Rogers Hornsby of the St. Louis Cardinals seemed to have a knack for finding trouble.
In part three of this five part historical series, Andrew Martin takes a look at some of the trouble Hornsby ran into over the course of his life. You can read more of Andrew’s baseball history on his website.
With his .358 career batting average, Rogers Hornsby rates as one of the greatest baseball players of all time. While the “Rajah” dominated on the field, his life was full of struggles and controversy. In particular, he was a regular in the legal system, constantly popping up in investigations and law suits. As the years have passed, much of his troubles have been forgotten. However, it is a fascinating study to explore the near constant nature of his connection with trouble.
Case 8: Finances were just not Hornsby’s forte. He was sued by Dr. John H. Barto alleging that he had not been paid $387, dating back to January through March, of 1925, for the ongoing treatment of Hornsby’s pregnant wife, Jeannette. Barto obtained a judgment in his favor from a justice of the peace court in 1928, but Hornsby’s attorney later secured a reversal in a city circuit court on a technicality.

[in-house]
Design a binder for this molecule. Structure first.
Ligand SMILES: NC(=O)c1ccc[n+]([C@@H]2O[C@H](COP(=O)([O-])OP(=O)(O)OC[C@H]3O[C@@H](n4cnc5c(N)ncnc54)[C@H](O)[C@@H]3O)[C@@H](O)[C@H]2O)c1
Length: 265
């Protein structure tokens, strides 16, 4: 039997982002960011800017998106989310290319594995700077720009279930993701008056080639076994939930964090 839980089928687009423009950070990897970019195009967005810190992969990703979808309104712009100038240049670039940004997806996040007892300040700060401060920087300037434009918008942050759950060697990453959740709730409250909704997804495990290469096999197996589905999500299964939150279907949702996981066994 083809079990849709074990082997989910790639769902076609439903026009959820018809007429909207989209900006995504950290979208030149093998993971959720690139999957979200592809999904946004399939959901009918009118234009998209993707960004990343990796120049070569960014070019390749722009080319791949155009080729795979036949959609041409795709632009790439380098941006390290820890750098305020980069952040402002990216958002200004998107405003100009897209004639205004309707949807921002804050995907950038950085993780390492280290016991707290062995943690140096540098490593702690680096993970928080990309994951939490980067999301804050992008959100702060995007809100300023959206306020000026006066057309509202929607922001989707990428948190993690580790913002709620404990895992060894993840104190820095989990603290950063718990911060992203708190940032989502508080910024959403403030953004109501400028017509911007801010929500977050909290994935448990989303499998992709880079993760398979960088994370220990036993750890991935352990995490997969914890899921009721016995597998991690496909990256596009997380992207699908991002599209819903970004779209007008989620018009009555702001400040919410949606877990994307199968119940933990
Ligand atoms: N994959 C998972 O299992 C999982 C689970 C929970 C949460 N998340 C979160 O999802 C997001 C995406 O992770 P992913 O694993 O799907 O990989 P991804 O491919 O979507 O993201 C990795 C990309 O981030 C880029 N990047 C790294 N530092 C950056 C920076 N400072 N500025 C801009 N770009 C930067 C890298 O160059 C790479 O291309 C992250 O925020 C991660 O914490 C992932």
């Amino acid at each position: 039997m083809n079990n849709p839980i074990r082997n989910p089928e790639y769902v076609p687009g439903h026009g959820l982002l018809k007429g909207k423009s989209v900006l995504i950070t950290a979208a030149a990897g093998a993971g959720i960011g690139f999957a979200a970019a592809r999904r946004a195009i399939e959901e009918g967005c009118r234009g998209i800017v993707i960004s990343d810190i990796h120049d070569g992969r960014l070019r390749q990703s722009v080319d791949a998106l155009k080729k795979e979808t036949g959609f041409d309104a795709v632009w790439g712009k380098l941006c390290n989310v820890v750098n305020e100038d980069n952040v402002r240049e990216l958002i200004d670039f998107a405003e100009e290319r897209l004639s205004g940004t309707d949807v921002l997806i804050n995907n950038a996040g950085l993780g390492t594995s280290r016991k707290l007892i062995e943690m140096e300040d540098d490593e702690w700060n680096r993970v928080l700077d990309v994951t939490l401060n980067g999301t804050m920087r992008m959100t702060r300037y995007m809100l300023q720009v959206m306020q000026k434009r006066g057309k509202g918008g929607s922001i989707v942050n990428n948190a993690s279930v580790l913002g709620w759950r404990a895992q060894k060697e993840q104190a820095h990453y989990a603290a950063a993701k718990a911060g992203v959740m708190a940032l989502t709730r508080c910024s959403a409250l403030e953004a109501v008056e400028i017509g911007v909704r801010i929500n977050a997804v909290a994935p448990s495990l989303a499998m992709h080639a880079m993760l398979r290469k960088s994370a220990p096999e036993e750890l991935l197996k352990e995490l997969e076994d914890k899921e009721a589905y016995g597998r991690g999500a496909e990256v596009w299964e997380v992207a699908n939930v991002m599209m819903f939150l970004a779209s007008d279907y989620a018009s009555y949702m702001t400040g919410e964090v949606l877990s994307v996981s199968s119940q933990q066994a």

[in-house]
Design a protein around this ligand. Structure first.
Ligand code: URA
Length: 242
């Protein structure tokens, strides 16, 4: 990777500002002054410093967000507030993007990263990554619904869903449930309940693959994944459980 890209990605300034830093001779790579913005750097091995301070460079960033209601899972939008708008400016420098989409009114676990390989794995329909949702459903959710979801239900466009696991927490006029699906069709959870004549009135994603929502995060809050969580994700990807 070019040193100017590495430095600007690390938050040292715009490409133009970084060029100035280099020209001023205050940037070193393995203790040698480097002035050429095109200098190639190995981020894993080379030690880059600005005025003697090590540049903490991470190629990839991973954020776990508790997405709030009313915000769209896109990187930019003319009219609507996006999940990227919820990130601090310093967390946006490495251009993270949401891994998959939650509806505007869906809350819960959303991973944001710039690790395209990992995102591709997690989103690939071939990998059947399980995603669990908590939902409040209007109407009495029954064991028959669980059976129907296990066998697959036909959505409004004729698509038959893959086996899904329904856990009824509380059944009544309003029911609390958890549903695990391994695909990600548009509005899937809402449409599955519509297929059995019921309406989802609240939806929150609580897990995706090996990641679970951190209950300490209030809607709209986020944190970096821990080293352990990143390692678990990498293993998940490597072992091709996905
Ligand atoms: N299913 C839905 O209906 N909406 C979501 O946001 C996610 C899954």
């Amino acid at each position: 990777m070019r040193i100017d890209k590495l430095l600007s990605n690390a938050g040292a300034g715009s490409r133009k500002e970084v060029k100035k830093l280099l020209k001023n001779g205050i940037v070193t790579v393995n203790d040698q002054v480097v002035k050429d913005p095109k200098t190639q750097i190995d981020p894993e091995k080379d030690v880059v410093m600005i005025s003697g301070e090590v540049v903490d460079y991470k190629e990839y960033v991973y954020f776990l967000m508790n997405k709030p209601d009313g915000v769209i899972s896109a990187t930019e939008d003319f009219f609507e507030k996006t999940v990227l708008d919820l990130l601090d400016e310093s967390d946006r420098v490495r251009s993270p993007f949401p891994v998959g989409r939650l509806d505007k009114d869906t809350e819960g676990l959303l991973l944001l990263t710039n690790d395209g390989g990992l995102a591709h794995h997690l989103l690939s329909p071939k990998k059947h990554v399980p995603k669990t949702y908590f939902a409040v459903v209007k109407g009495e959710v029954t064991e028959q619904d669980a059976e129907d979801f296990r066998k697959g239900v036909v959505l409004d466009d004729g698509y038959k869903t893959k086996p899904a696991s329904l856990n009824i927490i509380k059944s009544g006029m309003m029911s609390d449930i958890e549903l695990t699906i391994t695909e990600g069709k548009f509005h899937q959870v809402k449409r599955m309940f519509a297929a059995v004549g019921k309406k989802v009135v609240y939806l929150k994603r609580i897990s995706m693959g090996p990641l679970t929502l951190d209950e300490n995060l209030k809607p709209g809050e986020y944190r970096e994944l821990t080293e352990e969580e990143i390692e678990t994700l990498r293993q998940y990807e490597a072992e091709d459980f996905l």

Case 9: Another accusation about a failure to pay a debt came in 1929. Hornsby had done improvements on his farm near Anglum, Missouri, and employed contractor Fred Newhausen to help with some specific projects. Hornsby changed his mind on the location of nests in a hen house, requiring extra work to be done. The lawsuit charged that he did not pay for the extra work, and asked for $500 in restitution. Newhausen claimed that the additional money was owed because the changes to the hen house were not part of the original contract he had agreed to with Hornsby. Keeping in line with previous lawsuits, this one was also settled out of court.
Case 10: In May, 1931, Hornsby and his wife Jeannette were named as co-defendants in a damage suit brought by Mrs. Rebecca Winner, who sought $15,000 in damages. Winner claimed she had been struck by a car driven by Mrs. Hornsby on July 14, 1930. The injuries she suffered incapacitated her, preventing the continuation of her occupation as a mid wife. While the suit was in the papers briefly, it too disappeared as quickly as it came; suggesting yet another settlement.
For as successful as Rogers Hornsby was on the baseball diamond, his life off the field was one of trouble and scandal. Although his legacy has notoriously labeled him as a hard man who thought of little else other than baseball, his personal issues have largely been ignored. While many of the cases he was involved in were personal in nature, he has not received the same amount of scrutiny as other Hall of Fame players with their own issues. Hornsby was a fantastic player who had a much more interesting and troubled life outside of the game than he is typically attributed, which deserves to be part of his story.